Kate worked as a checkout chick while at senior high school and university, then worked as a graphic designer before she set off on a working holiday to see the world while she could. Just for fun, and to prove that she could, Kate worked as a waitress, barista and receptionist before being offered a freelance contract at a top London graphic design firm without an interview. Someone knew someone who knew Kate as a graphic designer in Sydney, and while Kate loved the fun jobs, especially as there was always someone who believed she wouldn’t be capable to prove wrong,  that contract opened doors to more graphic design jobs with better pay and therefore, more travel.

“I was motivated by exceeding expectations and smashing preconceptions. I could pass for abled when I was disabled, and was seen to be ordinary when really, I was extraordinary. All rather wonderful, except nobody told me hiding my two invisible disabilities would make me feel so invisible.”

For many years, Kate was lonely and alone, and never being her true self, never found a place to belong. But remembering the dream of her younger self saved her.

“I realised I was not going to be a voice and inspiration for kids like me if I was hiding. So I started writing and sharing my words. Writing became my therapy, my companion and my friend. And I made a promise to myself, to my younger self, and to all kids like me, that I will always have courage, I will believe in myself, always be true to myself. That I will keep smiling and always laugh at myself. That I will never stop dreaming and I’ll always have hope. That I will do what it takes to be the best I can be. That I will be an inspiration.”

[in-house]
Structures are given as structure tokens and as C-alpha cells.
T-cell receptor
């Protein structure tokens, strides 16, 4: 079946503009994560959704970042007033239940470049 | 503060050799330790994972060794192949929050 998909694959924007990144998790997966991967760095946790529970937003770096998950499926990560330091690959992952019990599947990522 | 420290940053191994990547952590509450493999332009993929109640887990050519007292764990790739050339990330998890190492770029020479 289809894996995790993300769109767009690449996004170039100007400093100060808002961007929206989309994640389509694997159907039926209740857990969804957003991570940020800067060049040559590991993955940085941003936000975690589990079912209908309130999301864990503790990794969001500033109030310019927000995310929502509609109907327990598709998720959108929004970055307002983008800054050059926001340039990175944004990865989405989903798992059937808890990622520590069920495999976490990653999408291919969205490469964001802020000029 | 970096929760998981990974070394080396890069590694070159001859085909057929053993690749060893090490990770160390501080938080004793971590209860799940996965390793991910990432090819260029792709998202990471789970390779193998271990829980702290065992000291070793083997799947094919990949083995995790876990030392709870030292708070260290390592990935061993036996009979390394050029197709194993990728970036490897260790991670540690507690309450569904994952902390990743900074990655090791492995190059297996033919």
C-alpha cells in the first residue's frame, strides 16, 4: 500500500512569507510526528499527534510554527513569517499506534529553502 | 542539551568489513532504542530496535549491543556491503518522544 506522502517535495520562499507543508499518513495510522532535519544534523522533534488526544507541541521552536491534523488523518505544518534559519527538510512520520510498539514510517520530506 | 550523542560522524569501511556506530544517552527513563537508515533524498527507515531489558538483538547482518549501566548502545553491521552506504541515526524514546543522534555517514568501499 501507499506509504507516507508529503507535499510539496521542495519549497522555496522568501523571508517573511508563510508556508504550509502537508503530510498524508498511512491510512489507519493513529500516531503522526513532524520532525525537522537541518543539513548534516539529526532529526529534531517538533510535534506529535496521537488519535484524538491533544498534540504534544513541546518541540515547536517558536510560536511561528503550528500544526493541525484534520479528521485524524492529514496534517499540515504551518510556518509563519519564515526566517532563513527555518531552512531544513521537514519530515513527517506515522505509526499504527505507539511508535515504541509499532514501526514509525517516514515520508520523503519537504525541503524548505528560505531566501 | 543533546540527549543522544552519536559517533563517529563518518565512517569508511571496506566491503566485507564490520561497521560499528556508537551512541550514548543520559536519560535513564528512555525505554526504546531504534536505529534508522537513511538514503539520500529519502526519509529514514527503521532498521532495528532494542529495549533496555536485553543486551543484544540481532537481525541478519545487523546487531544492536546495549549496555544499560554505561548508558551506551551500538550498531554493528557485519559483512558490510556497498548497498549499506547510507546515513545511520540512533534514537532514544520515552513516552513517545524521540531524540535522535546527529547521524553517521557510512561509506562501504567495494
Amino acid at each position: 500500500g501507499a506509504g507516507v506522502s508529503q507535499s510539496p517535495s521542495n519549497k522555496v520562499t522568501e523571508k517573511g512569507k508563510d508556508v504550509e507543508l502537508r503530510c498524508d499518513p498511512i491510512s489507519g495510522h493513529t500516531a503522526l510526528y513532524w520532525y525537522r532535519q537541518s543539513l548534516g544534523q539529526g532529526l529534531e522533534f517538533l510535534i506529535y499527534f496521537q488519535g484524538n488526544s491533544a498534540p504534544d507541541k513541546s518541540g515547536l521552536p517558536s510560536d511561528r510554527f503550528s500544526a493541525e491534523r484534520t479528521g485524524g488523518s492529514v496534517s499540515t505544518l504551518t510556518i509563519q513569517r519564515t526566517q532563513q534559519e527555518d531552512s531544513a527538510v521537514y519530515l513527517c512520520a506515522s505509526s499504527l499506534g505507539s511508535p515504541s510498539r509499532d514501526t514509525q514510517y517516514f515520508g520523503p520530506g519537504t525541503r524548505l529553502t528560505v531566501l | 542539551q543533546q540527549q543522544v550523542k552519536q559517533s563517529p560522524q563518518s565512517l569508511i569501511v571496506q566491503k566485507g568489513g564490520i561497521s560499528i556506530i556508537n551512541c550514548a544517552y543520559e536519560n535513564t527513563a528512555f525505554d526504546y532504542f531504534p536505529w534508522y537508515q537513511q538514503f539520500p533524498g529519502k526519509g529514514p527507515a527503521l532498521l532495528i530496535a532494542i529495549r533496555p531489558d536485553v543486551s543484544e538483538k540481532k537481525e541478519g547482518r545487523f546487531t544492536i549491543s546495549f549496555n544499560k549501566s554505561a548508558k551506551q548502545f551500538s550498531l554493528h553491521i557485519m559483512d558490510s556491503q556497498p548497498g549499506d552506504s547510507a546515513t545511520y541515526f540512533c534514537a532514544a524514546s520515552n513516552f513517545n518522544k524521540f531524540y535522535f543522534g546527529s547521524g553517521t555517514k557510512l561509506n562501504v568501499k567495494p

Like her father before her, determined to do something, Kate launched two awareness campaigns for Usher syndrome. In the first, she came out with her two invisible disabilities, and gave a speech for an Usher Kids event on Usher Syndrome Day in 2016, and then in 2018, through her project ‘Sunsets for Kate’, she shared her dream to see a lifetime of sunsets in the lifetime of her sight, receiving tens of thousands of photos from all over the world.

“Although there is nothing I can do about Usher syndrome,” said Kate, “I thought I could take back from it something it would take from me. A lifetime of sunsets. And I could take the fight it has instilled in me to raise awareness and use my impending blindness to open the eyes of others, one sunset at a time.”

Kate, as a young girl, always believed that her cure would come one day, that science would find a way. Now married with two teenagers, as a fifty year old, she still has sight, and she still has faith that one day will come.

Photo Credit : Jack of Hearts Studio 

“I know I have been very fortunate. For me, and for others like me, there are many like my parents, the Tracys’, the Shepherds’ who have done so much so we can do so much. And I have so much more to do. For me, and for others like me. I am grateful there is the ease and immediacy of the internet for parents of newly diagnosed deaf children today. Access to information and services, like UsherKids, and connection to community. An online village! And so, I will keep sharing, I will keep connecting. One day, we are all going to have something really wonderful to celebrate! And until then, I will keep campaigning, raising awareness and supporting this village.”